Zanzicode Incubator Course to be started beginning of 2011 is happy to announce that we are about to start a second course within our Zanzicode project. The Incubator Course – a joint venture of with Chembe Ventures – will run in parallel to our initial initiative, which we will refer to as Basic Course from now on.

The aim of the program is to provide talented young would-be entrepreneurs with the
tools they need to launch and maintain their own web ventures.

Here is the Incubator Course description as stated on the Zanzicode website:

The 12 month Incubator Course measures up to the entrepreneurial spirit of graduates of the Basic Course. Strong programming skills and the goal to set up an own real world online business are prerequisites for this course.
Students are guided through the process of realizing a business, from the idea to the running software and the working micro enterprise. We also stick to Open Source Software, but we optionally switch to Java and Google technologies as industrial standards. After the course the students will be owners of their own business. The course hosts 4 students.

Having conversations with our graduates and students, we got excellent feedback about their progress within the web development community in Zanzibar. The most rewarding statements for us are that graduates are working in the software industry and are keen to move on with their skills. They are searching for ways to educate themselves further. So the idea of an advanced course came up. We proposed approaches and got the commitment from possible future students.

After the experiences we gained so far, we agreed that the students should work on one big ongoing project during the course. The discussion with Sean Murphy (We got to know him at Africa Gathering April 2009 in London) led to the resolution that the best idea would be that students should not only develop plain software solutions, but also business models around the software and then eventually – at the end of the course – become business owners and run their venture. Sean offered to substantially fund this course through the company he is running, Chembe Ventures, which is specialized in seed funding and organizing tech events for African IT startups.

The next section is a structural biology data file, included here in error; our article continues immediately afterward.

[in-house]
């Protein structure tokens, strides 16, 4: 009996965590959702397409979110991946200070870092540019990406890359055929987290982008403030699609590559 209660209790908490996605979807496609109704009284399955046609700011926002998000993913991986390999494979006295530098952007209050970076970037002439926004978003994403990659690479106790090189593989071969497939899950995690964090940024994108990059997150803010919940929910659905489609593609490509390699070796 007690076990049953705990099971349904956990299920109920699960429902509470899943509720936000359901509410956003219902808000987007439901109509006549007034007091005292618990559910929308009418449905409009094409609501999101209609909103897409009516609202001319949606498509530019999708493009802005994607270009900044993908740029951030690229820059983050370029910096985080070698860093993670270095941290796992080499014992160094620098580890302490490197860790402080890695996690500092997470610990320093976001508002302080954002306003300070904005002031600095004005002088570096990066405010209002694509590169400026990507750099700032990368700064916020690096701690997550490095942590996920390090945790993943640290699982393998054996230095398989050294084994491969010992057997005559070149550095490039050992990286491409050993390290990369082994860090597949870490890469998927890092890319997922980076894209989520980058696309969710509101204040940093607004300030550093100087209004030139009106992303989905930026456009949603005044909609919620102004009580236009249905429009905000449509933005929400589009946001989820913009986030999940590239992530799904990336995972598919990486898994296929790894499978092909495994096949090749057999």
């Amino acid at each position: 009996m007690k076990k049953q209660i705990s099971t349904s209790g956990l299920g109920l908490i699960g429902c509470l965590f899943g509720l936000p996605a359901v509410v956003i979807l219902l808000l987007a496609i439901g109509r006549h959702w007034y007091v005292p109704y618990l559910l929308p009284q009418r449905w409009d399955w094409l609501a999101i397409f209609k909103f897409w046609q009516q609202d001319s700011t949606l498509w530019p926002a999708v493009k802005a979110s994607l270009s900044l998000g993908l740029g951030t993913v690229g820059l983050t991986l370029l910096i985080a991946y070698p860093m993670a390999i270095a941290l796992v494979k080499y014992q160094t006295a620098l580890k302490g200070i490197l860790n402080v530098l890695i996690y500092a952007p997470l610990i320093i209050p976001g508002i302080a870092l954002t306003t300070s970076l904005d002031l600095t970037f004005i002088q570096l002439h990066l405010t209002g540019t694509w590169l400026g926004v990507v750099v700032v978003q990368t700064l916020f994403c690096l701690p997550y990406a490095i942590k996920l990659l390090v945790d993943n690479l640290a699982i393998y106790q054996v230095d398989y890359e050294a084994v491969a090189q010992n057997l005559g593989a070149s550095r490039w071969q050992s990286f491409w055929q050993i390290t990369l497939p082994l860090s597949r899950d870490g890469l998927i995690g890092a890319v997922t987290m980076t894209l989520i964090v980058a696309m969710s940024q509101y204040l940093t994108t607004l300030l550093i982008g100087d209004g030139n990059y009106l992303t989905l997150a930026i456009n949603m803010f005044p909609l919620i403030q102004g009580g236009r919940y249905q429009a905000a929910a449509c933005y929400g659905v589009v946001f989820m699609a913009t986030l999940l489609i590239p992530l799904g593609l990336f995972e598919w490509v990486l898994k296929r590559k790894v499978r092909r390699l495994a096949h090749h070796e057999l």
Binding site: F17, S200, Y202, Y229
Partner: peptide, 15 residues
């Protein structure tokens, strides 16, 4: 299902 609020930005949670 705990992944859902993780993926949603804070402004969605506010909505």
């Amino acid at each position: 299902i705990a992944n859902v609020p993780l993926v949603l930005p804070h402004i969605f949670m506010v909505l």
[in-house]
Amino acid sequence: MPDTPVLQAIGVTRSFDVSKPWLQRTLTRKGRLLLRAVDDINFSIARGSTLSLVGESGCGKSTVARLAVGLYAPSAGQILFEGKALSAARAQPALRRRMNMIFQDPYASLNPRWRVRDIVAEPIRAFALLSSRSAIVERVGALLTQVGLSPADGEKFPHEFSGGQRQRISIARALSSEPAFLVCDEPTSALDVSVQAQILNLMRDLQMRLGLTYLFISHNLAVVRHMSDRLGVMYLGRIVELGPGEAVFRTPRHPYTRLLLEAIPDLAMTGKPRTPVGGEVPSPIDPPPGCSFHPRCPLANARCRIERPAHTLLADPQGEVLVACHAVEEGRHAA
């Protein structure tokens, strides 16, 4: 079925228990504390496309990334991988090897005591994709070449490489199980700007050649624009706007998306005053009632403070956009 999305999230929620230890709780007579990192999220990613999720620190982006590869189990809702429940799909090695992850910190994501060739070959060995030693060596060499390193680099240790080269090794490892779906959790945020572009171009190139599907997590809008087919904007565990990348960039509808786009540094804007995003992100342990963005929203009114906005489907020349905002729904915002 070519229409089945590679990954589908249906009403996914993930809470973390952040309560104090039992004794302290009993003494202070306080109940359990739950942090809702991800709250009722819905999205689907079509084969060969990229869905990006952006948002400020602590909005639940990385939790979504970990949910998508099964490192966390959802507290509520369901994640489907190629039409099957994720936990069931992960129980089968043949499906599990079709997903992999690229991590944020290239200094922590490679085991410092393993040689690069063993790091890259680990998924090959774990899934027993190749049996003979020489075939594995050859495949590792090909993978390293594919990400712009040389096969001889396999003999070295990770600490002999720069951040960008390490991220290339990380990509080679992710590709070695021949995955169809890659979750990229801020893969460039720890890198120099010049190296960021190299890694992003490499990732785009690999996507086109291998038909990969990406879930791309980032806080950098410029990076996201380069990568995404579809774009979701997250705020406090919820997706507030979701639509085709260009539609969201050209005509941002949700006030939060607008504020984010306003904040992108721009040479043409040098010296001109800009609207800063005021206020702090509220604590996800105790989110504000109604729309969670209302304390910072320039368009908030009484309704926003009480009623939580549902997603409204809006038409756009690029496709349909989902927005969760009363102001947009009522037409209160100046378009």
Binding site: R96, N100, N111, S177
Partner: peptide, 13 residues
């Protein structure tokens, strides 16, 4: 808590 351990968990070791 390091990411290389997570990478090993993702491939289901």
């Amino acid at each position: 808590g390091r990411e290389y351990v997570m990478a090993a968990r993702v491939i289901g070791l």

So after successfully acquiring complementary funding, the budget is set and the agreement with Chembe Ventures is signed. We are hereby going to the public and are very happy to announce this.

We are open for applications for this course via office (AT) and are happy to send out detailed informations upon request. Applicants should not hesitate to call Salum Rashid (Zanzicode Lecturer) on his Zantel line: +255 777 755443 to get the details in Swahili.

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Zanzicode Incubator Course to be started beginning of 2011
was published on 03.11.2010 by Florian Sturm. It files under east africa
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Free and Open Source Verses Proprietary Softwares: The Case of Ghana

Information and Communication Technologies (ICT) has become widespread in Ghana and the use of software is playing pivotal role in this increasing growth witnessed in ICTs. Both Proprietary Softwares (PS) and Free and Open Source Softwares (FOSS) are being used in Ghana but PS are much more widespread because most of these PS particularly Windows OS come bundled into the computers whiles those specialized softwares like accounting and payroll, anti-virus and office productive softwares are to be purchased at extra cost contrarily to the positions adopted by the World Summit on the Information Society (WSIS) (Geneva, 2003 and Tunis 2005) on the importance of the issue of